9/10 - The codename bestowed on Patrick when he became a freedom fighter was 'Hot Stuff'... suitably fitting words to describe 'Catch a Fire'.

If you found this review helpful please give it the thumbs up - if not - please comment on why, so I can do a better job for you next time. Thanks :-)
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on 6 February 2008
How did apartheid ever last for as long as it did? Us humans have over history been pretty bad to each other haven't we? This film is a great story of triumph over adversity, hard viewing, at times ,sad but also uplifting. Good acting and overall worth watching.
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on 25 June 2007
No one could have done it better than Phillip Noyce. He is the perfect director for "Catch a Fire," a filmmaker with a knack for creating suspense and tension. The story is based on the actual events of a man's rise against apartheid in South Africa during the early 80's, and Noyce brings the realism, intensity, and emotion needed to effectively portray the conflict. Many filmmakers are using past events or even concocting fictitious scenarios to make sharp political statements with their art. Spielberg used the "Munich" massacre to comment on the continuous and circular nature of terrorism in his most daring and ambitious work. The Wachowski Brothers expressed their feelings about our administration by adapting "V For Vendetta" into an aggressive Bush parable and cautionary tale. Political ideals are showing up in several works, from art films to mainstream Hollywood escapist entertainment.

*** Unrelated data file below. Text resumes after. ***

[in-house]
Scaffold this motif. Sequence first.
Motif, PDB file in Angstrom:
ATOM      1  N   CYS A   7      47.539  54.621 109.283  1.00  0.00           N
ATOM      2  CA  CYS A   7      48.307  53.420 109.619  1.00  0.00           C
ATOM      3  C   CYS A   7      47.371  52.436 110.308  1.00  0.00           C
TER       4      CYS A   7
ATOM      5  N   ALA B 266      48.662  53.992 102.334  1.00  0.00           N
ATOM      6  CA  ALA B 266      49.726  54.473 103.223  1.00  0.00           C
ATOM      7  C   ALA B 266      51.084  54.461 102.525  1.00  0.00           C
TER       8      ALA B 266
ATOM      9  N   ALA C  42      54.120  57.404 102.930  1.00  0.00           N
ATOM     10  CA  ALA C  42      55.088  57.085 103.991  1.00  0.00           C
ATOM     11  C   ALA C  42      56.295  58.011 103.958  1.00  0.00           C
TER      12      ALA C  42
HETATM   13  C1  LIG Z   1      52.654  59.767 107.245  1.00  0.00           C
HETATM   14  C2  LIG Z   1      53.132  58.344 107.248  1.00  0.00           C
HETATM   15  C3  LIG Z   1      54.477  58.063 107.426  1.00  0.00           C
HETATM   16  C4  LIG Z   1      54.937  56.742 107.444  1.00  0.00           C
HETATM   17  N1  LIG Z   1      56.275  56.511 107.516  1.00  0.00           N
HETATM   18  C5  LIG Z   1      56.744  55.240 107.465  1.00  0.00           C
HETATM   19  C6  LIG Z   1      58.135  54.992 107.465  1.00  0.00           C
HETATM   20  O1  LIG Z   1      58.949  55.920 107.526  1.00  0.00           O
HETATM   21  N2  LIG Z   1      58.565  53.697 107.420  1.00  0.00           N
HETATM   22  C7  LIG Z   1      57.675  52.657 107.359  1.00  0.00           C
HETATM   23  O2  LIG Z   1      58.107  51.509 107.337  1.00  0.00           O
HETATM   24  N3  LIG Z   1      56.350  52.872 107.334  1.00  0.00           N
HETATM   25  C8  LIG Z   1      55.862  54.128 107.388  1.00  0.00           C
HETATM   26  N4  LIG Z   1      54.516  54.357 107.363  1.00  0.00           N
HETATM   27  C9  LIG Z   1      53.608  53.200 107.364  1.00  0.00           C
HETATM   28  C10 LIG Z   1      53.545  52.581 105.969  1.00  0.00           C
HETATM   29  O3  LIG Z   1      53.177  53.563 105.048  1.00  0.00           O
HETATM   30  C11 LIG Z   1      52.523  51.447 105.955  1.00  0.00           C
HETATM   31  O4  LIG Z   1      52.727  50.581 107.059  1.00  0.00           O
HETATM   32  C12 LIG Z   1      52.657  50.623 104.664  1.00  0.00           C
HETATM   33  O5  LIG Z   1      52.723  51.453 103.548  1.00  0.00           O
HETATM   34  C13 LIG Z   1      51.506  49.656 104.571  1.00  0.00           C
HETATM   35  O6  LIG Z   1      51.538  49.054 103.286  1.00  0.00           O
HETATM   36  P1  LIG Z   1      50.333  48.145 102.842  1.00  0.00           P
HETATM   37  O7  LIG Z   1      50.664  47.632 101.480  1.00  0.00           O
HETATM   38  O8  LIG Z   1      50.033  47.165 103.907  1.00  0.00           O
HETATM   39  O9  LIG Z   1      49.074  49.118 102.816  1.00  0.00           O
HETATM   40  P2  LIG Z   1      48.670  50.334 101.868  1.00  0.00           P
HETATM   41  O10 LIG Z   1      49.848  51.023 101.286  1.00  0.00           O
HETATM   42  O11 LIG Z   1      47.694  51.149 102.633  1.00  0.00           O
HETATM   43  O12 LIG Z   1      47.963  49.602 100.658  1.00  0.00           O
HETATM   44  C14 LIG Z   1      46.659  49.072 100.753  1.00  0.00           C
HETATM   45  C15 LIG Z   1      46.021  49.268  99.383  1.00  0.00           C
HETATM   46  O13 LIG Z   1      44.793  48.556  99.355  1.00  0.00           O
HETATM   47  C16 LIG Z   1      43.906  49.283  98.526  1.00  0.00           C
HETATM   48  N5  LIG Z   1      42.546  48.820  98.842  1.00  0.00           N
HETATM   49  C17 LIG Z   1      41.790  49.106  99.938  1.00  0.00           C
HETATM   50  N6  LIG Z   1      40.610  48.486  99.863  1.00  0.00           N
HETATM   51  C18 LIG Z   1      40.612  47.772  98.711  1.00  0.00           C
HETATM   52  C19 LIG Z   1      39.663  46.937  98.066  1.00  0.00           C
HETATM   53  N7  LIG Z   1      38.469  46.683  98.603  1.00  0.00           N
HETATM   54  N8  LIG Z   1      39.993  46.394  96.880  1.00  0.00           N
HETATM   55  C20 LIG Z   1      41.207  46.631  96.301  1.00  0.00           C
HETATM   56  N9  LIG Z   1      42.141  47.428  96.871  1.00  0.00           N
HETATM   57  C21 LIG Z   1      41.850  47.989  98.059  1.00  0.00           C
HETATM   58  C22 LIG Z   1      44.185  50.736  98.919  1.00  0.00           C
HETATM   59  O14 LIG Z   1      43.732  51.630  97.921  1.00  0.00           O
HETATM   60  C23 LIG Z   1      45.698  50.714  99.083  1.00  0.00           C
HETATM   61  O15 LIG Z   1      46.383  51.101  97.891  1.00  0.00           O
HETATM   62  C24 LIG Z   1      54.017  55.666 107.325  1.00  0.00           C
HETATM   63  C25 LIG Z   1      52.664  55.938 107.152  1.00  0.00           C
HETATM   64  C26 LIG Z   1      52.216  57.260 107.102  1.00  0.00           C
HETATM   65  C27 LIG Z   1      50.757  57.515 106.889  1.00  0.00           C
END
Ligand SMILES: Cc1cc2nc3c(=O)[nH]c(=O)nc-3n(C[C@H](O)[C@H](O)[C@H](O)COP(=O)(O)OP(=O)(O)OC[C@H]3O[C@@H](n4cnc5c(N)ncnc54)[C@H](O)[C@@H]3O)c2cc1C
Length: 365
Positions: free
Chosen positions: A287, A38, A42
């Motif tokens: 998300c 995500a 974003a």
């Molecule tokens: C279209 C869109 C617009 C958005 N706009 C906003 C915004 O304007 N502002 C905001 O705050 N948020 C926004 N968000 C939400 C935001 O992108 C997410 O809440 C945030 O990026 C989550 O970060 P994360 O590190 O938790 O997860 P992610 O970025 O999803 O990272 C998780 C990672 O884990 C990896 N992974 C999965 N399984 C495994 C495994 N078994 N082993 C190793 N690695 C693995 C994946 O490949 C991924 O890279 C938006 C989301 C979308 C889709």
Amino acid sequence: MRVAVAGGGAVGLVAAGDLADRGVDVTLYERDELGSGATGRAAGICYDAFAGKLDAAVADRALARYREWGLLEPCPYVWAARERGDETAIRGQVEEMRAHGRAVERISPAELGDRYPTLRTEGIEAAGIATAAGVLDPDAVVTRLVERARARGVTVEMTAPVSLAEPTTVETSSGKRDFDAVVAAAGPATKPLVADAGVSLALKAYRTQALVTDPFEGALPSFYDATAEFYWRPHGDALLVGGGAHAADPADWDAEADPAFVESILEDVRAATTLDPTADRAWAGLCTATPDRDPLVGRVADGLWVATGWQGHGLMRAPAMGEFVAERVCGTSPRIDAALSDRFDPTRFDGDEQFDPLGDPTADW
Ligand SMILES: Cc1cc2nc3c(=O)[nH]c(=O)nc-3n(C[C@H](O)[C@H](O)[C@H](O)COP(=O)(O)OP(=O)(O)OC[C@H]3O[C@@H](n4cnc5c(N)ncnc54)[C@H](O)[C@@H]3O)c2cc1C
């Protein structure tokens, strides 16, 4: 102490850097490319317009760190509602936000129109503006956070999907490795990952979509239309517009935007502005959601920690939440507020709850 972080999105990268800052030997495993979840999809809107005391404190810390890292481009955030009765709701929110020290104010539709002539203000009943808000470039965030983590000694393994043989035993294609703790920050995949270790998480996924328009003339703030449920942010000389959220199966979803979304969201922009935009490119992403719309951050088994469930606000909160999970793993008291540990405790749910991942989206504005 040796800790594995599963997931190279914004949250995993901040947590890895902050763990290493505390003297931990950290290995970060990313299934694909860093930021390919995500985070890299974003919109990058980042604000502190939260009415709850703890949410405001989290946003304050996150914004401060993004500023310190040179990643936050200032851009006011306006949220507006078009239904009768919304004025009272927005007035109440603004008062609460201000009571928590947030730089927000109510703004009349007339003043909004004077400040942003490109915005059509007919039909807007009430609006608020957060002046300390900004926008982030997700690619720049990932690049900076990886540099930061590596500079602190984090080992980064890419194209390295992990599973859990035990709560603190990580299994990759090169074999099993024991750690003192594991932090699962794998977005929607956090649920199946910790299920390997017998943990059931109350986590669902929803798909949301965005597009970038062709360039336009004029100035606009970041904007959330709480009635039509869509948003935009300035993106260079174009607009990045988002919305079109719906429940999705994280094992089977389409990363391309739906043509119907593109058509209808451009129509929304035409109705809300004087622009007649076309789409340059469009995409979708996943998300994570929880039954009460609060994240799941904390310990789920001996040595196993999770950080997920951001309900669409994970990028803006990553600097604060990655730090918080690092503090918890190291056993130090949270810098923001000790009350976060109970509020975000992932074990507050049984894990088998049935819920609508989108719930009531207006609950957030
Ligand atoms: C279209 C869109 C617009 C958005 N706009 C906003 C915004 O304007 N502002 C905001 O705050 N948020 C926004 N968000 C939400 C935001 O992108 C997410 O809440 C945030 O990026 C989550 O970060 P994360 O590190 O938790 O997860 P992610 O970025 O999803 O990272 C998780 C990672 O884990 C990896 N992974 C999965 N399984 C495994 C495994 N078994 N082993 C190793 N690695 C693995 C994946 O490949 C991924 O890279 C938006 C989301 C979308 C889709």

Instead of using the topic of apartheid in South Africa to preach some grand political message about freedom fighters and terrorists, Noyce keeps things straightforward and lean, examining the emotional conflict of the main character. Because of this, "Catch a Fire" strikes a powerful chord, turning what could of been a routine historical drama into a compelling tale of freedom and revolution.

Patrick Chamusso (Luke) is a simple man living in South Africa, working as a foreman at an oil refinery and raising his children with his beautiful wife, Precious (Bonnie Henna). He spends his time with his family and the soccer team he coaches, paying little to no attention to the political uproar surrounding him. Patrick wants no concerns or problems, just a happy and easy life. This, of course, doesn't last very long. His outlook on politics is changed forever after an explosion at the refinery. Nic Voss (Tim Robbins), a member of an anti-terrorism unit, wrongfully arrests Patrick and eventually his wife, torturing them for answers. The treatment is cruel and unnecessary. Voss releases them once he figures out Patrick is clearly innocent, but the incident is too horrible and evil for Patrick to leave behind. He immediately joins the ANC and trains to become a freedom fighter that will help liberate his people.

It takes some time for "Catch a Fire" to get going, but once Patrick realizes what he has to do, the film becomes a suspenseful account of a man standing up for what he believes. You can't help but become invested in his fight for justice. Noyce directs the last half of the film with urgency, maintaining a humanity and realism of great emotional resonance. Because you're invested in the characters, the political themes are effective. "Catch a Fire" is gripping and moving, one of Phillip Noyce's finest achievements.
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on 7 March 2008
Based on a true story, this South-African set film starring Tim Robbins is a thoughtfully made and thought-provoking look at apartheid, and the human cost. Tim Robbins is well cast and plays with a quiet authority, but the real stars are the other actors, unknown to me but worthy of greater attention. This film shows what can happen in a society under threat when fear, paranoia and bad intelligence get the upper hand (a similar combination and outcome to that portrayed in 'Rendition') and how, at the end of the chain, it is always the innocent who suffer. This film is well worth seeing.